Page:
Posted: Sat Sep 16, 2006 12:48 am Post subject: ITIL x Tasks
Hi, I´ve just entered the community. I´m helping to deploy ITIL in my company, but we don´t have any specialist in it here and we had a lot of doubts that might sound simple or even stupid to you...anyway, here it goes.
We identified the main tasks of some of our resources and we are linking each of them with only one ITIL set. We don´t know if the best way, so here is my first dumb doubt: is there an easier/faster/accurater way to start the deployment, other than making an assessment of our way to work and compare with ITIL?
Still, some tasks seems to fit in more than one set. My second dumb question is: should we split it in two or more tasks, so every task has its own set, or should we assing to every task as many ITIL sets as it fits?
I thank you in advance for the help!
Joined: Sep 16, 2006 Posts: 3494 Location: London, UK
Posted: Sun Sep 17, 2006 9:10 pm Post subject: ITIL & Tasks
What do you mean by tasks
Do you mean this like
The Unix Support team will restore service to Unix & Linux O/S servers by diagnosing the fault, finding the resolution and restoring service
This is an Incident Management task which the Unix Support team would have been given by a Service/Help/Support Desk to deal with as part of escalation.
I think your company is doing ITIL back - ass wards. You are concentrating on the actions and tasking as the most important thing.
You need to take the Service Support disciplines as a psuedo Organiation chart - not a real staff organization chart but a pseudo one.
The Service Desk function & Incident Management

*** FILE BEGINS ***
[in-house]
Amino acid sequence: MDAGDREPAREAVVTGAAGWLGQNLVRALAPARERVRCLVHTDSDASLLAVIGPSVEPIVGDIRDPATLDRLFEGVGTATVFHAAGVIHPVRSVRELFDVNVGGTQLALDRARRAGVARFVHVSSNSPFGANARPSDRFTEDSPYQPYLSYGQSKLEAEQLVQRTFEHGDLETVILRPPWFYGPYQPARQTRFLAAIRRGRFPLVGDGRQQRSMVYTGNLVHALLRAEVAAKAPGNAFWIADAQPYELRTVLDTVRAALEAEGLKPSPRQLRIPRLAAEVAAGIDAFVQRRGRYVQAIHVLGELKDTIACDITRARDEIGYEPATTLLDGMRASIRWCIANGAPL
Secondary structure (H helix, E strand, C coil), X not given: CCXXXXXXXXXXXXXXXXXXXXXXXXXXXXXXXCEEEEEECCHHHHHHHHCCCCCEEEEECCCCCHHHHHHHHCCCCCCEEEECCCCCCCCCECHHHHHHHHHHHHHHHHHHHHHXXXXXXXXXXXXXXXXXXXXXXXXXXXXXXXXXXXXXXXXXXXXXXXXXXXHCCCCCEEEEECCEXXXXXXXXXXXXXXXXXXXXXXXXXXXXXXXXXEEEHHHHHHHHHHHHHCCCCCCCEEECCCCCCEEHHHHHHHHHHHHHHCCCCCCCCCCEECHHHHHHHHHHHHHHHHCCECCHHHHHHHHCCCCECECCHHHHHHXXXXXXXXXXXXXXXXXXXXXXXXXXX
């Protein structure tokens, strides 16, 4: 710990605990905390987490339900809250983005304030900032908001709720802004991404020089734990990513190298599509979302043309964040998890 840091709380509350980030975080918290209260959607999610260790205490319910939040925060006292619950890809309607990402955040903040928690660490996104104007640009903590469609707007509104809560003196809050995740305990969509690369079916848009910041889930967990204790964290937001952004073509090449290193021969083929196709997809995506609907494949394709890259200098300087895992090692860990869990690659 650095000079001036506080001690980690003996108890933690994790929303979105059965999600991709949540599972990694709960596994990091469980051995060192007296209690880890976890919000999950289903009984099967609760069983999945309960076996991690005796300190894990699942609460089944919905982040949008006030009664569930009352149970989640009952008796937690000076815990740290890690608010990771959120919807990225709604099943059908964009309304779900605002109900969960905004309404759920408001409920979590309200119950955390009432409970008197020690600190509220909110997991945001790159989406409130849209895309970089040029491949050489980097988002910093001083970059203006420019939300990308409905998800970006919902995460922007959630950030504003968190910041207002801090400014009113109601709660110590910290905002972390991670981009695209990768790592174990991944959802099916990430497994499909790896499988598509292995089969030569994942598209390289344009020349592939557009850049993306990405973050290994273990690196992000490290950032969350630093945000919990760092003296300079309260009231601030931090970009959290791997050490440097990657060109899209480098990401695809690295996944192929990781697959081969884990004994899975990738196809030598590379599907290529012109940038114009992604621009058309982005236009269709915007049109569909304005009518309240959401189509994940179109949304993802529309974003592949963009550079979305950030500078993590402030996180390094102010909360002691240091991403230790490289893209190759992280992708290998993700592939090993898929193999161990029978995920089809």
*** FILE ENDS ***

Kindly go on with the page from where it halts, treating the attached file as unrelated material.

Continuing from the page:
Do you have a dedicated team where the customer/user base contacts about faults & other issues ?
This team should be the central focal point for the customers/users. All IT Service issues should flow to them - This is Incident Management - and then out to the resolving groups. This is STILL Incident Management
If the resolving group finds a resolution to an incident/fault/issue, then they would restore service and the Incident would be return to the control of the Service Desk - still incident mgmt. The Sd would contact the user/customer and inform about the service restoration and if known the cause of the fault.
Now the actual Business organization most likely will not resemble the neatly drawn Org chart for Service Delivery but the functional org chart would resemble as well as in a flow chart.
As to the infinite # of tasks being assigning to specific ITIL tasks/processes - ignore this.
Take the highest level of each discipline and compare it to the existing work, staff and processes and procedures - not the individual tasks that an engineer or IT staff might do. _________________ John Hardesty
ITSM Manager's Certificate (Red Badge)
Change Management is POWER & CONTROL. /....evil laughter
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